Advent of Code 2020: Day 5, 8 min read
advent of code 2020
You board your plane only to discover a new problem: you dropped your boarding pass! You aren’t sure which seat is yours, and all of the flight attendants are busy with the flood of people that suddenly made it through passport control.
Instead of zones or groups, this airline uses binary space partitioning to seat people. A seat might be specified like FBFBBFFRLR, where F means “front”, B means “back”, L means “left”, and R means “right”.
The first 7 characters will either be F or B; these specify exactly one of the 128 rows on the plane (numbered 0 through 127). Each letter tells you which half of a region the given seat is in. Start with the whole list of rows; the first letter indicates whether the seat is in the front (0 through 63) or the back (64 through 127). The next letter indicates which half of that region the seat is in, and so on until you’re left with exactly one row.
For example, consider just the first seven characters of FBFBBFFRLR:
Start by considering the whole range, rows 0 through 127. F means to take the lower half, keeping rows 0 through 63. B means to take the upper half, keeping rows 32 through 63. F means to take the lower half, keeping rows 32 through 47. B means to take the upper half, keeping rows 40 through 47. B keeps rows 44 through 47. F keeps rows 44 through 45. The final F keeps the lower of the two, row 44.
Every seat also has a unique seat ID: multiply the row by 8, then add the column. In this example, the seat has ID 44 * 8 + 5 = 357.
As a sanity check, look through your list of boarding passes. What is the highest seat ID on a boarding pass?
I’m quite actually reasonably familiar with this process as space-filling curves are used a lot in astronomy. They are typically used to encode the location of a particle with a key such that they are rapidly queried. In general, this involves a lot of binary understanding and bit twiddling, which is hard to read so I’ll skip this approach here. See the EAGLE paper for more detail on this usage in astronomy.
For this problem the data ingestion process is straight forward. As each line stores the information for a single boarding pass we can just loop over the file and store the boarding pass as a
string, in a
vector. In C++ this looks like this,
Great, the boarding passes are now loaded into memory! We now need to write a function that can process the position encoded location and return the row and column of each seat. For this, we are following a binary search pattern,
The function above might look complicated, but it’s not so bad. We start by knowing we are on any row between 0 and 127. If the first character in ur string is an “F”, then this tells us we are in the front half of our current range. The range 0-127 becomes, 0-63. Assume the next character is a “B” it means we are at the back of our current range, so 0-63 becomes 32-63. As the range we are considering is halved each time we just need 7 “F"s or “B"s to identify which row we are sat on. We repeat this process for the column of our seat once we have found the correct row.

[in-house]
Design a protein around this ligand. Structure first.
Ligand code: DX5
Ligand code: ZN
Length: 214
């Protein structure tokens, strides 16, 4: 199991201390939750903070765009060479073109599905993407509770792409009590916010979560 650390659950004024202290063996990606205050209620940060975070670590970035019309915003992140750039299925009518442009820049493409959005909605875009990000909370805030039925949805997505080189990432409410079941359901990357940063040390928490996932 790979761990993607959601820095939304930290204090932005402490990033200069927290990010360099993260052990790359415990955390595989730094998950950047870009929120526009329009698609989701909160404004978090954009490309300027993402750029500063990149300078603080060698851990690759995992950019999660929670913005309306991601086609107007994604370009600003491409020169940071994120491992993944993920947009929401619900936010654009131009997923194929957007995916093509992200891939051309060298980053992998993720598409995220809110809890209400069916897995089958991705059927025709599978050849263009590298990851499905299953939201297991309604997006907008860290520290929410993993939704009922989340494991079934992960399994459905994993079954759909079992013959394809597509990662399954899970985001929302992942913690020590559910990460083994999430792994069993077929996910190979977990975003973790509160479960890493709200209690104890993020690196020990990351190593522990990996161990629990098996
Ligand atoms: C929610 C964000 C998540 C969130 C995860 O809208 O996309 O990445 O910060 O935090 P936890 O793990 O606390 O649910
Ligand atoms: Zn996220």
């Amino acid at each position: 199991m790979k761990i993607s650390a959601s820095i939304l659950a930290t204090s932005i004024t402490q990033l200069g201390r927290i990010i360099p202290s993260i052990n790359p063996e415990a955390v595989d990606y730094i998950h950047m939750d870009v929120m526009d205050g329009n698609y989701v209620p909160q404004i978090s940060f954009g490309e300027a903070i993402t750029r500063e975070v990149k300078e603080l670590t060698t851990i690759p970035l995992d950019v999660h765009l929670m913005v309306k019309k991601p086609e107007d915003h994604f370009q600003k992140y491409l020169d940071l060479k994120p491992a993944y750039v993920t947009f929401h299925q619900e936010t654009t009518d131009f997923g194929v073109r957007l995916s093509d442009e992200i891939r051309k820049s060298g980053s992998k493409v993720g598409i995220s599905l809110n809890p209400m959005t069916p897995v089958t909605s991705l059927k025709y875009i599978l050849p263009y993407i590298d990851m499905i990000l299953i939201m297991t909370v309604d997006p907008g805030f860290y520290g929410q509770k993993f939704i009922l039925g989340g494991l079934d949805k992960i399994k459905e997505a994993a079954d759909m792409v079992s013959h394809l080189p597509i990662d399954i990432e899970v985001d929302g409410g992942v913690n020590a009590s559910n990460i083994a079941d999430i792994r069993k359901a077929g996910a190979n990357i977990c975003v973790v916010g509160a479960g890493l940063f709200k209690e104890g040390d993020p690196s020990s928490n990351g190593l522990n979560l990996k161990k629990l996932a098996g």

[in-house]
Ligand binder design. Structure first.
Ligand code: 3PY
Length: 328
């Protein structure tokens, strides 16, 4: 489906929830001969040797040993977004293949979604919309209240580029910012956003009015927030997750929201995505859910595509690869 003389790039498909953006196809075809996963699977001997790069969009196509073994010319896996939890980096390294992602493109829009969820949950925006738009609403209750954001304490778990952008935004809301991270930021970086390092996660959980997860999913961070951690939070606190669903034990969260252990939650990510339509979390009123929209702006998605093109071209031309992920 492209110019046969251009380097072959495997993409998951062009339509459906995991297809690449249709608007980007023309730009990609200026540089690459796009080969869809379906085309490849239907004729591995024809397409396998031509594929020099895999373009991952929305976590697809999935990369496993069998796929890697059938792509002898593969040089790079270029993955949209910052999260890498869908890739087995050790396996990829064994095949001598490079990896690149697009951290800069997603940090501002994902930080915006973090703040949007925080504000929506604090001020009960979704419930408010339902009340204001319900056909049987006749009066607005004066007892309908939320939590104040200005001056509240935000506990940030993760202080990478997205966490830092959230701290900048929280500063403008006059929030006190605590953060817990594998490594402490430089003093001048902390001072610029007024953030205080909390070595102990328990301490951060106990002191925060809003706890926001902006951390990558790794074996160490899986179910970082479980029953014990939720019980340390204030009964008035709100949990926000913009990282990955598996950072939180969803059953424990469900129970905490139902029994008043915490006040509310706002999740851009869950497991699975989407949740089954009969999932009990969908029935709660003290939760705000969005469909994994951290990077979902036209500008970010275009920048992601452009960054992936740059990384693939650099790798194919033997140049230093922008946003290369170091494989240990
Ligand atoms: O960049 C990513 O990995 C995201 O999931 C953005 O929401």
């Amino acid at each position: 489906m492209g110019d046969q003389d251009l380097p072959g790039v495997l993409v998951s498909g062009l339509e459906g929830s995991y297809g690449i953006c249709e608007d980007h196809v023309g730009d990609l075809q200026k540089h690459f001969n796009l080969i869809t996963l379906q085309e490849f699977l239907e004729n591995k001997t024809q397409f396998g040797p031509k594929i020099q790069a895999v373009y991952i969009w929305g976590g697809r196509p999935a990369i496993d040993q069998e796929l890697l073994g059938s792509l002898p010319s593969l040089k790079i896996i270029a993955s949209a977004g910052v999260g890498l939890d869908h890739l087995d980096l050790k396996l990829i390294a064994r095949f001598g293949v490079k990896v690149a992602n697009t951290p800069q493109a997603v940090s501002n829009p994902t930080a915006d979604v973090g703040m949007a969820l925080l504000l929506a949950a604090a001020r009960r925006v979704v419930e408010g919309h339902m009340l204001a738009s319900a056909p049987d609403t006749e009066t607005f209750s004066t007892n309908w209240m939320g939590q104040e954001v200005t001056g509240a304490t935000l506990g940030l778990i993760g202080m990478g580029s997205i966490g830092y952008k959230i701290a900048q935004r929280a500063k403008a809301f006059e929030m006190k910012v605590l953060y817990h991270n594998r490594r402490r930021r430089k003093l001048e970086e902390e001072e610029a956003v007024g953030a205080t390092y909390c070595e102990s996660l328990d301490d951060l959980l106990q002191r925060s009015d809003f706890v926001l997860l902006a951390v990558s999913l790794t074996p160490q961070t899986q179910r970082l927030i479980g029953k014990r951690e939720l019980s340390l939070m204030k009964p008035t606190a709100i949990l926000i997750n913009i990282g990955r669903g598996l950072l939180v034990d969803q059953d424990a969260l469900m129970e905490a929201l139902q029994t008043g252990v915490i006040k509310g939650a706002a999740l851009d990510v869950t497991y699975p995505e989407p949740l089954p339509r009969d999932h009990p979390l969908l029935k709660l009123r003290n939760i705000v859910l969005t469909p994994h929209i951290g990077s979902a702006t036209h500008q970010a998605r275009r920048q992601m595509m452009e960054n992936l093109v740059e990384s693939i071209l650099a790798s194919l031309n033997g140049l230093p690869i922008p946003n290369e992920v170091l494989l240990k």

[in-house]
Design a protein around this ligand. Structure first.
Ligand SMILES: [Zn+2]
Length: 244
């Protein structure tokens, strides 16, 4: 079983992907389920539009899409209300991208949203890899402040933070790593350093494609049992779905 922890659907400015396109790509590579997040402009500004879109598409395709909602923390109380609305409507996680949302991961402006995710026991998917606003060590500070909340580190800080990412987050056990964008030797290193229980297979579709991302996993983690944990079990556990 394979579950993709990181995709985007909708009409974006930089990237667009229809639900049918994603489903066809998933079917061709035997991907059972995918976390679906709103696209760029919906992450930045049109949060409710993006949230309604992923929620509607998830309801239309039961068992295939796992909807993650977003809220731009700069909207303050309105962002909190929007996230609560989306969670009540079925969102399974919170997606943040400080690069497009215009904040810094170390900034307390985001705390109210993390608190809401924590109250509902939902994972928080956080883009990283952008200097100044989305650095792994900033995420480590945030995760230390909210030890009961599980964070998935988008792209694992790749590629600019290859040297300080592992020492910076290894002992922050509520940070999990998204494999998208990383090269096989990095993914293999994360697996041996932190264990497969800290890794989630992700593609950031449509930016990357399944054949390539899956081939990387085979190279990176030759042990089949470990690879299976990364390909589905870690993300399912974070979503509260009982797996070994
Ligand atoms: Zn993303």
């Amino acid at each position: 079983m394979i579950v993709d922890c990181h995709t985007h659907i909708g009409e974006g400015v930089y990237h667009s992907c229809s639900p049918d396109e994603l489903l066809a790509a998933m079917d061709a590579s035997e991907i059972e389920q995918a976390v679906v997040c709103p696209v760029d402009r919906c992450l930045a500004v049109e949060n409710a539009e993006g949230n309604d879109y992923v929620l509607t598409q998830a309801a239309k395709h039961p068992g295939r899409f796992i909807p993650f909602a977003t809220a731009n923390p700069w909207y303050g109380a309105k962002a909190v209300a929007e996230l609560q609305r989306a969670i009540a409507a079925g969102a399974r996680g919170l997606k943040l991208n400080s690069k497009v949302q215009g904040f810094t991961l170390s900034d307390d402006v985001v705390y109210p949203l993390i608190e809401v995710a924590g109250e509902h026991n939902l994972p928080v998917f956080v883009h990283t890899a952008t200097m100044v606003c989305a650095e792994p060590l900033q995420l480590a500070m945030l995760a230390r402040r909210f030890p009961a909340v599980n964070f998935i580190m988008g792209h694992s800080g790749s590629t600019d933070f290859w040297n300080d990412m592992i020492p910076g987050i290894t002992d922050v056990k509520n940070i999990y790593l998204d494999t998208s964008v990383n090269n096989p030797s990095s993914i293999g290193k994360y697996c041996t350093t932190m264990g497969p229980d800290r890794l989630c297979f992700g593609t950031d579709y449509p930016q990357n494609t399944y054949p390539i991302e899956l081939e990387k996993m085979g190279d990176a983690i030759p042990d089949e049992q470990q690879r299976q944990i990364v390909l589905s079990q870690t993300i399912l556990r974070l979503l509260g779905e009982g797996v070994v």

We now loop over all of the boarding passes in our input, turn them into seat IDs, and store the largest value.
Woo, we have the first ⭐, halfway there!
Ding! The “fasten seat belt” signs have turned on. Time to find your seat. It’s a completely full flight, so your seat should be the only missing boarding pass in your list. However, there’s a catch: some of the seats at the very front and back of the plane don’t exist on this aircraft, so they’ll be missing from your list as well.
Your seat wasn’t at the very front or back, though; the seats with IDs +1 and -1 from yours will be in your list.
What is the ID of your seat?
You can read the full text here.
Well, it’s Saturday, so I’m very glad that part 2 doesn’t require too much extra work. We need to find the missing seat from the list of seat IDs. We know that every other seat should be filled, so if our seat was N, then N-1 and N+1 must be in the list, however, N would be missing.
I decided to implement this by storing the seat ID’s from part 1 and then sorting them. I can loop through and quickly identify our missing seat.
That’s the stars ⭐⭐ earned!
I don’t think the first part of today’s problem can’t really be optimised too much. The solution will be
N is the number of boarding passes in the input.
We have to read in all of the inputs, which is
O(N)-time, but we don’t have to store them. We could have easily just stored the maximum boarding pass, thus this could be
O(1)-space. For part 2, my solution is far from optimal. I decided to sort the array which is
O(N logN)-time and I’ve stored all the boarding passes so code
A more optimal solution would never store the boarding passes in memory. Instead, we could loop through the file and calculate the seat ID for each boarding pass. In this loop we keep track of the maximum and minimum seat ID’s, and also the sum of all seat ID’s we have seen.
We can then calculate the expected sum if every seat was present using the partial sum of natural numbers. We then subtract the actual sum from the expected sum and the difference will be the seat ID for the missing seat; our seat!
The code for this is the following:
O(1)-space solution; my work here is done!
Updates (13:00, 05/12/20)
Corentin Cadiou pointed out on twitter that I could update my boarding pass processing to the following:
which uses bit shifting and thus will be slightly faster than my original approach which is neat.
I have no affiliation with AoC. I’m just a fan of the programming puzzles. If you enjoy them too, please feel free to join in and support the creators